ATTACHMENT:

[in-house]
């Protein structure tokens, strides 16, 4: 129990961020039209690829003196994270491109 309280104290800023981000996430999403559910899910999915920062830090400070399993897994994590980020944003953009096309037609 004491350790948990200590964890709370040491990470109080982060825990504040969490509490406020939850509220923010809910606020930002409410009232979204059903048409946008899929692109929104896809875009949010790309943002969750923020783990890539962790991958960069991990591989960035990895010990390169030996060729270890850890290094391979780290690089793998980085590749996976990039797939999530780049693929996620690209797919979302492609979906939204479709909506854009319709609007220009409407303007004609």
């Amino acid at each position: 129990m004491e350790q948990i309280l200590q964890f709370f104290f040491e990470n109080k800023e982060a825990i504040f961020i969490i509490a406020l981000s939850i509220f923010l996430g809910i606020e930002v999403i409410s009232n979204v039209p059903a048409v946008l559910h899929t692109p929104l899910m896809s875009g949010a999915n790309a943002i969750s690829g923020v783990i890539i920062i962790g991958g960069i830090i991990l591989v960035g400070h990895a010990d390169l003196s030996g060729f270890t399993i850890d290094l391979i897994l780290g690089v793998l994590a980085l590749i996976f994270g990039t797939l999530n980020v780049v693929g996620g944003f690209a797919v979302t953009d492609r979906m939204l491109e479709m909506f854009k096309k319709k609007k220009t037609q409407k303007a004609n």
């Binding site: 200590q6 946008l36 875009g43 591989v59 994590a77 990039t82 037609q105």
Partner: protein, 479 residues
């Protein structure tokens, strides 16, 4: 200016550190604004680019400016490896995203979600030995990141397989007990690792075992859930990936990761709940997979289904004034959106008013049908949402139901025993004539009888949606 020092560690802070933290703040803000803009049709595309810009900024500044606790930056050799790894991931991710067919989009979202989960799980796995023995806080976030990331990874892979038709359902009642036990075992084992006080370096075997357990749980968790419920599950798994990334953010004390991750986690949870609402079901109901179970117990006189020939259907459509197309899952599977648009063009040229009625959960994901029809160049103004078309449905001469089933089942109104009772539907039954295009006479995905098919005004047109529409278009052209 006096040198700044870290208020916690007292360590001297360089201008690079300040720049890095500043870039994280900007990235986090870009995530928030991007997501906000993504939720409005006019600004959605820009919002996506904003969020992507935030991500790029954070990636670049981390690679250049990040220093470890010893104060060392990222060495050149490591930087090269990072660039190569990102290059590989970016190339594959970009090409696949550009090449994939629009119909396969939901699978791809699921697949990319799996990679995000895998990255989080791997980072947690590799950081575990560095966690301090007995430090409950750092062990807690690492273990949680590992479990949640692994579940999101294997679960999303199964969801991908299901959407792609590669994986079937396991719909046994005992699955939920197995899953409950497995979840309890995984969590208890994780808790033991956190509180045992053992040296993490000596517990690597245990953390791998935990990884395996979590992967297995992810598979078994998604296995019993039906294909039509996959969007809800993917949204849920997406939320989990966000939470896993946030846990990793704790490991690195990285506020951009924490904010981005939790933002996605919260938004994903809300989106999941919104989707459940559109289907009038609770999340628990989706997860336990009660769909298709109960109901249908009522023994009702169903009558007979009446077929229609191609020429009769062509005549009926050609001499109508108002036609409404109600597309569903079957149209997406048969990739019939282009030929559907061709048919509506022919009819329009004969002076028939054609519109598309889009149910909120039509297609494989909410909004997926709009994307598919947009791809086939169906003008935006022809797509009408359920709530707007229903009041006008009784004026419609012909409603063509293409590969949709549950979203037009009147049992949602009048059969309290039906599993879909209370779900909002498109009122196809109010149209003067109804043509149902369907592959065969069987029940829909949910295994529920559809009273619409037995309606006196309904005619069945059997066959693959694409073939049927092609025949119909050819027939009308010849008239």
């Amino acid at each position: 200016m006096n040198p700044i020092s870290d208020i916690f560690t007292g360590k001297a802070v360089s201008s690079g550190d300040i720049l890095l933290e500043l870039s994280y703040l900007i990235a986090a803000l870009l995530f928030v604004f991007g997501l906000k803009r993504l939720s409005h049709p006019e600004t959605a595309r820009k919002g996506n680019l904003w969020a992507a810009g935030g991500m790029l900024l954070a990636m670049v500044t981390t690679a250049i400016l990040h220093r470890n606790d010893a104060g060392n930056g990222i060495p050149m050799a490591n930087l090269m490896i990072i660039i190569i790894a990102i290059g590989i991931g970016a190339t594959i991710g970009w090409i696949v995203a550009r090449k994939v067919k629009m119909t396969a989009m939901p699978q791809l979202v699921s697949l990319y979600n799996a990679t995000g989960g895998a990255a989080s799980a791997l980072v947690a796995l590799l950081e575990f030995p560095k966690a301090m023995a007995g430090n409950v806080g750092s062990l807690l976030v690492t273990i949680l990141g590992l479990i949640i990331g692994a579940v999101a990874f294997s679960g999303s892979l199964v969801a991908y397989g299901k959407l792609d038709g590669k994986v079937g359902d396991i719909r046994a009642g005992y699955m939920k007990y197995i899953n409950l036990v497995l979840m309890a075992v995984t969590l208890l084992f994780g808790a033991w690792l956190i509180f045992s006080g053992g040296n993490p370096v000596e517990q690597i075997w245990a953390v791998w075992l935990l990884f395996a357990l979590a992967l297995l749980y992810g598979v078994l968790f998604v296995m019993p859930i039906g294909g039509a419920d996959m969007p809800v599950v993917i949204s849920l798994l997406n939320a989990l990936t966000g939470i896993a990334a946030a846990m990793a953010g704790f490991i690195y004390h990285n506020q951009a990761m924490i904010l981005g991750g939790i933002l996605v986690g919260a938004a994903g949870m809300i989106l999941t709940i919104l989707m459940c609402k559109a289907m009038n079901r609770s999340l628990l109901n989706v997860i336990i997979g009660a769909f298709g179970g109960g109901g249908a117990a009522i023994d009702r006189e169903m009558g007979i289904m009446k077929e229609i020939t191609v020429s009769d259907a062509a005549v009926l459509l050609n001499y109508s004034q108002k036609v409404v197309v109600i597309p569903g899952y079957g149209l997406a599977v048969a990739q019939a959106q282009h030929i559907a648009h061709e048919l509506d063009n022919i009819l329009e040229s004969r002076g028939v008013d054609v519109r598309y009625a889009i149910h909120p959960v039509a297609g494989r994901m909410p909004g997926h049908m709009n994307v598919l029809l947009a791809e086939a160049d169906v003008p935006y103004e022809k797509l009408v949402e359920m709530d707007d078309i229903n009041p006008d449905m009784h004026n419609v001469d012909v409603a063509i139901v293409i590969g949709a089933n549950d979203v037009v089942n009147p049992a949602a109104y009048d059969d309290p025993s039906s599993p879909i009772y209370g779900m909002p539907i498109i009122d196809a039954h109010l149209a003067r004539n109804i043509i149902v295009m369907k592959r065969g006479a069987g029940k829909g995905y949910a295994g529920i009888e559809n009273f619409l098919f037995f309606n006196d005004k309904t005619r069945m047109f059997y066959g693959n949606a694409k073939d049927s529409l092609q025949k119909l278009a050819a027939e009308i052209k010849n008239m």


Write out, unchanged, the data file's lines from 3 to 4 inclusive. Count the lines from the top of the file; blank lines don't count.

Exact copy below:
């Amino acid at each position: 129990m004491e350790q948990i309280l200590q964890f709370f104290f040491e990470n109080k800023e982060a825990i504040f961020i969490i509490a406020l981000s939850i509220f923010l996430g809910i606020e930002v999403i409410s009232n979204v039209p059903a048409v946008l559910h899929t692109p929104l899910m896809s875009g949010a999915n790309a943002i969750s690829g923020v783990i890539i920062i962790g991958g960069i830090i991990l591989v960035g400070h990895a010990d390169l003196s030996g060729f270890t399993i850890d290094l391979i897994l780290g690089v793998l994590a980085l590749i996976f994270g990039t797939l999530n980020v780049v693929g996620g944003f690209a797919v979302t953009d492609r979906m939204l491109e479709m909506f854009k096309k319709k609007k220009t037609q409407k303007a004609n």
């Binding site: 200590q6 946008l36 875009g43 591989v59 994590a77 990039t82 037609q105």